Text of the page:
Is making crispy onion rings possible when you’re baking them? Yes, yes it is possible when you make Za’atar Baked Onion Rings with panko bread crumbs. Serve them with a side of za’atar yogurt dipping sauce.
I’ve never been much of a French fry girl when eating out at restaurants, but boy am I an onion ring girl. If I see an option to substitute onion rings for my side or have onion rings on my burger, I take it. I’ll even take crispy onion straws if onion rings aren’t available. I’m one of those people who says the more (cooked) onion, the better. For my birthday dinner, my dad made me a bag of frozen onion rings to go with my ribs. Except he ran out of onion rings because one bag isn’t enough for four people. Since I was unsatisfied with my lack of birthday onion rings, I set off to make my own at home. I hate deep frying at home, so my biggest concern was – can I make baked onion rings and still have them crispy? The answer -yes!
I bet you’re wondering what za’atar is in these Za’atar Baked Onion Rings. Za’atar is a Middle Eastern spice mix made of sumac, sesame seeds, and dried herbs, ranging from thyme to marjoram to oregano. My blend has thyme only for the dried herb. You can usually buy it at a specialty spice store or make your own blend at home. I added the spice mixture to the panko bread crumbs, which is the key to making crispy baked onion rings. Of course every good onion ring needs a dipping sauce, so I whipped up a quick dipping sauce with za’atar and Greek yogurt.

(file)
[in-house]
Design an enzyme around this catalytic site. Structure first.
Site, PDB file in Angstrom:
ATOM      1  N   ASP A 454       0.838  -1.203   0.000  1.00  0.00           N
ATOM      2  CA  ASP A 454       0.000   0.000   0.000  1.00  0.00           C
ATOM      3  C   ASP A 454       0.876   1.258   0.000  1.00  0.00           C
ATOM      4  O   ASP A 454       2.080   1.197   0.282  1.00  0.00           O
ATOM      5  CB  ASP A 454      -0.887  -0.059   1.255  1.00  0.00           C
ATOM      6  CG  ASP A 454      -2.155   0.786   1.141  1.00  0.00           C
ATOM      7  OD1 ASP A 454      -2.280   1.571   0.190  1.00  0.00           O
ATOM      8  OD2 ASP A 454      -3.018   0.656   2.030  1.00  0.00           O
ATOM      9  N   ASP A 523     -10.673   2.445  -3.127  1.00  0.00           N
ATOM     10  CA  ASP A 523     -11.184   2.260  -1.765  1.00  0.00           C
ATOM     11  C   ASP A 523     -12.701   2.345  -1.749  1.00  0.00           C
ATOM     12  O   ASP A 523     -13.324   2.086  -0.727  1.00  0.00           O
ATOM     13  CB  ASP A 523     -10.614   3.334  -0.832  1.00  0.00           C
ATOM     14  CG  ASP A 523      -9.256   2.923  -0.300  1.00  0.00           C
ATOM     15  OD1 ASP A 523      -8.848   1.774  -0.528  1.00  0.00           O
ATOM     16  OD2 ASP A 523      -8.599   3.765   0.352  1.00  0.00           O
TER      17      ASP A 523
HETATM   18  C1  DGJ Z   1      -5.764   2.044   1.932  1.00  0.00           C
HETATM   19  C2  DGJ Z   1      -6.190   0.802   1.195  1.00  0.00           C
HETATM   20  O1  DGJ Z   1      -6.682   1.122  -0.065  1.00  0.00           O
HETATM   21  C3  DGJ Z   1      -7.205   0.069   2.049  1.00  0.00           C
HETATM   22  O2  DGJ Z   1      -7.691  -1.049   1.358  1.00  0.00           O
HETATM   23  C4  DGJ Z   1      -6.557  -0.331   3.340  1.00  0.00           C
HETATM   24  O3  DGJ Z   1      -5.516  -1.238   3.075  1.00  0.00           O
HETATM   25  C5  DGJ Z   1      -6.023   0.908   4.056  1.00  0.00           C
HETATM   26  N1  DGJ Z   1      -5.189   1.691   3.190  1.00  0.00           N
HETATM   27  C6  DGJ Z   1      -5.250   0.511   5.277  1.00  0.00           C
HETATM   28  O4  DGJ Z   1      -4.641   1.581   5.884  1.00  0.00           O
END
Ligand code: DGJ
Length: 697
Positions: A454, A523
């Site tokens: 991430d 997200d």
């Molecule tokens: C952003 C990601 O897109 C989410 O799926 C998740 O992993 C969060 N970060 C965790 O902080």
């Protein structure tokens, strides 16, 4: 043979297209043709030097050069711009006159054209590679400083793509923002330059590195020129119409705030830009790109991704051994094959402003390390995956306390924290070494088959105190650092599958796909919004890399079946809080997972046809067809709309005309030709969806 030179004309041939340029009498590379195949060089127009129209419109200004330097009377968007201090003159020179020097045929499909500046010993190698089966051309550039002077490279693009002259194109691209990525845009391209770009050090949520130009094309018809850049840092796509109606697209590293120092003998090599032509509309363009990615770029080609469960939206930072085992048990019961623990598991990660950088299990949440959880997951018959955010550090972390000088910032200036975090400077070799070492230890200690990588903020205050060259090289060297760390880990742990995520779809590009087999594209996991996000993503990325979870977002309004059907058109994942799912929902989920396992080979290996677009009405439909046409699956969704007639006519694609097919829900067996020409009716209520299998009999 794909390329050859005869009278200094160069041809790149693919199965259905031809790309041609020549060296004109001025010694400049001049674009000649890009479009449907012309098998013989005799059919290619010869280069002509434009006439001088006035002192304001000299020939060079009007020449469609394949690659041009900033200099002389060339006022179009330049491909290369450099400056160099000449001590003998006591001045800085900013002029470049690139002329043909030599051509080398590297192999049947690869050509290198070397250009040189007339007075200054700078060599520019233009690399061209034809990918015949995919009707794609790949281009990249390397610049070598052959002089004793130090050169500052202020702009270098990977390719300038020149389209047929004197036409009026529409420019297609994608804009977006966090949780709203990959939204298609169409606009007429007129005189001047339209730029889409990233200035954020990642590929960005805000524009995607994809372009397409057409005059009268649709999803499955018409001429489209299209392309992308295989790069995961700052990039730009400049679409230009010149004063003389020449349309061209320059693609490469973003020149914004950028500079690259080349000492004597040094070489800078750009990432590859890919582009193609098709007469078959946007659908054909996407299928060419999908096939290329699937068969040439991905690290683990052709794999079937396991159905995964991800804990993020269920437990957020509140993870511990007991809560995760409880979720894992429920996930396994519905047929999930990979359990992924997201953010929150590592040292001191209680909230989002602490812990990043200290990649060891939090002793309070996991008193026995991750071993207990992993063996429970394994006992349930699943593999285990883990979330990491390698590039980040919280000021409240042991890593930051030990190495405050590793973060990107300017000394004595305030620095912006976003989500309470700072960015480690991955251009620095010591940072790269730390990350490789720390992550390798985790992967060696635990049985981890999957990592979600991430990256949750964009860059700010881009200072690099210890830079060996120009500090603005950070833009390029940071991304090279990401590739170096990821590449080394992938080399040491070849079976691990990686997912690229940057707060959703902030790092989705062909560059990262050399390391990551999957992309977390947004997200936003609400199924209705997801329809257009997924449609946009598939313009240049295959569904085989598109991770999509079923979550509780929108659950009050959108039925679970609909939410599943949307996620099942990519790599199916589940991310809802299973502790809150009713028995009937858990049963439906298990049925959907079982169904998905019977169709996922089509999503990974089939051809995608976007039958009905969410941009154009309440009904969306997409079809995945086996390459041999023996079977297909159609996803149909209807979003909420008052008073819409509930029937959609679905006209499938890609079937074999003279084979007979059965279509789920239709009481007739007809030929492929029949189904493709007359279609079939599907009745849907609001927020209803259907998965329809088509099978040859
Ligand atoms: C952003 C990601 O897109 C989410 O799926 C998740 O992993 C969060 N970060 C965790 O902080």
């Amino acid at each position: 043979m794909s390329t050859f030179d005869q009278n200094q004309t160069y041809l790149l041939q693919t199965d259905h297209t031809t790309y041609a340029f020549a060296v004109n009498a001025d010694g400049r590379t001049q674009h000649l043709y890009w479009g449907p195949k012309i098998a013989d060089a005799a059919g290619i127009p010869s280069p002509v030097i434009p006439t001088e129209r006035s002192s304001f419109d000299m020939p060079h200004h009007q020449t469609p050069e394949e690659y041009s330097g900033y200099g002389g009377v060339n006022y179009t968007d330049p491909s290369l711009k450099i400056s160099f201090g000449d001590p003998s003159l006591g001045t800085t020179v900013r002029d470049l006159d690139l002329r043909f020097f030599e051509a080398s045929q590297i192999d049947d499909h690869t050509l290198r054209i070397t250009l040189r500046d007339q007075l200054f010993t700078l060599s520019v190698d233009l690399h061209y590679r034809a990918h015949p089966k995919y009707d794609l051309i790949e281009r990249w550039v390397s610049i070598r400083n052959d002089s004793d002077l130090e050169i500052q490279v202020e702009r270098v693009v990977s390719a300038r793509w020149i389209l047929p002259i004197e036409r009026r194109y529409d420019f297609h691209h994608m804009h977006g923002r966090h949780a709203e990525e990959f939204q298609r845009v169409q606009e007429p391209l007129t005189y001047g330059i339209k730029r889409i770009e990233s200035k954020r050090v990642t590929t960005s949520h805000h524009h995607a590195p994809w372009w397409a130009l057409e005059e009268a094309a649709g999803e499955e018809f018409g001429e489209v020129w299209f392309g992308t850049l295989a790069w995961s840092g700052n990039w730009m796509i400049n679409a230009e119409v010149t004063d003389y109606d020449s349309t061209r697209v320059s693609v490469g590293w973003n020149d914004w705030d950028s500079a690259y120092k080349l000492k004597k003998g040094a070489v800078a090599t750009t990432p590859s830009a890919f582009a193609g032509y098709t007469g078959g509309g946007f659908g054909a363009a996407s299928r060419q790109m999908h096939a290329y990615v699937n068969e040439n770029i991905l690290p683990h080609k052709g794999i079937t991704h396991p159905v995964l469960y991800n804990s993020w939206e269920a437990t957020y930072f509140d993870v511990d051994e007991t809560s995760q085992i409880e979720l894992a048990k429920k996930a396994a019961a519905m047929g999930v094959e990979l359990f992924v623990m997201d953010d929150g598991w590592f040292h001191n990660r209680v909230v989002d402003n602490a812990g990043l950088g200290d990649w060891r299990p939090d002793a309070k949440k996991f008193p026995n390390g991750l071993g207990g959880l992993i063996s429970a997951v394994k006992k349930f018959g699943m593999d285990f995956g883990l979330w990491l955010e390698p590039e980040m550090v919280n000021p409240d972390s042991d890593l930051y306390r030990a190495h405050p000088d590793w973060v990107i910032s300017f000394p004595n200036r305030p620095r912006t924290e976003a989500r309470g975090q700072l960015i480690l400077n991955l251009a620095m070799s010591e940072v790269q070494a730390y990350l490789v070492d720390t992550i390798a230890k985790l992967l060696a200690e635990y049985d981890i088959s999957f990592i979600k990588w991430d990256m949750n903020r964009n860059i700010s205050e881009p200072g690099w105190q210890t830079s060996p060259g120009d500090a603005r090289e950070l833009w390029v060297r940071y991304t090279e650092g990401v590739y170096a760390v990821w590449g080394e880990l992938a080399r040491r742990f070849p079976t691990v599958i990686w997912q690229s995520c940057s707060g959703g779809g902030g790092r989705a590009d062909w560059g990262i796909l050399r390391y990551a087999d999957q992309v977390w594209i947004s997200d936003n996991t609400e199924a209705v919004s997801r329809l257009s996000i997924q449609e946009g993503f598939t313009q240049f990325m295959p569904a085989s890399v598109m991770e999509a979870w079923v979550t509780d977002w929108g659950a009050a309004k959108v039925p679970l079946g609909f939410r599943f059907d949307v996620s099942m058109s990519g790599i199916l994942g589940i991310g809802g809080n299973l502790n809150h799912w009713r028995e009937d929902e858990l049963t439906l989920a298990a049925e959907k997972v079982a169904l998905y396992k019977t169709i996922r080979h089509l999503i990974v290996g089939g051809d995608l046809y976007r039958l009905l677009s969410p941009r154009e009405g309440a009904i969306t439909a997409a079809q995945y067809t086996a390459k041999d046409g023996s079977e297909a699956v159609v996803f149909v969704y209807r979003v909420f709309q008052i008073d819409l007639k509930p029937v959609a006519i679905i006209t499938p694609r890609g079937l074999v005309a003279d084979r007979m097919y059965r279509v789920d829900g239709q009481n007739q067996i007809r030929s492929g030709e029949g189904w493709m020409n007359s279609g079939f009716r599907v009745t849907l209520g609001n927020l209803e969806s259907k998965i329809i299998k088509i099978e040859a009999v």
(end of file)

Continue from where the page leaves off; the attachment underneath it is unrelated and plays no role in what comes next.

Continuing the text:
I’m trying really hard to remember the first I’ve tried Middle Eastern food or za’atar in general, but I can’t. However, I tend to gravitate towards Middle Eastern food when it’s an option. One of my favorite cookbooks is Jerusalem, which as the title suggests focuses on the cuisine native to Israel. Even if you’re not familiar with Israeli food, you have probably at least heard of hummus – a chickpea mixture often used as a spread or dip (see my Barbecue Chicken Tostadas to learn more about hummus). Although onion rings are a far cry from Israeli food (I’m not even going to pretend to make a connection), I wanted to introduce za’atar in a familiar way so people would be more inclined to try it. Love onion rings? Check! Love za’atar? Let’s try it.
If you’re still unsure about trying za’atar, you can still make these baked onion rings without it. Use garlic powder, onion powder, or even your favorite dried herbs to season the batter.
- 1 large sweet onion, cut into 1/2-inch slices and separated into rings
- 1 cup buttermilk
- 3/4 cup all-purpose flour
- 1/2 teaspoon salt
- 2 eggs
- 1 cup panko bread crumbs
- 2 teaspoons za'atar
- 3/4 cup Greek yogurt
- 1 teaspoon za'atar
- 1 teaspoon lemon juice
- Preheat oven to 450F. Line the bottom of a roasting pan or cookie sheet with foil. Place a roasting or cooling rack on top then lightly grease the rack with cooking spray.
- Place the onion slices into a 13x9 pan or casserole dish and pour buttermilk over top. Make sure the slices are submerged.
- In a large shallow bowl or dish, mix together the flour and salt. In another large shallow bowl, lightly beat the eggs. In a third large shallow bowl, mix together the bread crumbs and za'atar.
- Working with one onion slice at a time, drip off the excess buttermilk. Coat in the flour mixture, then the egg, then the breadcrumbs. Place on the roasting rack. Repeat with the remaining onion slices.
- Bake for 15 minutes then flip the onion rings. Bake for another 10-15 minutes or until golden brown. Serve hot with dipping sauce.
For the dipping sauce
- In a large bowl, whisk together the yogurt, za'atar, and lemon juice. Chill for at least 30 minutes before serving.
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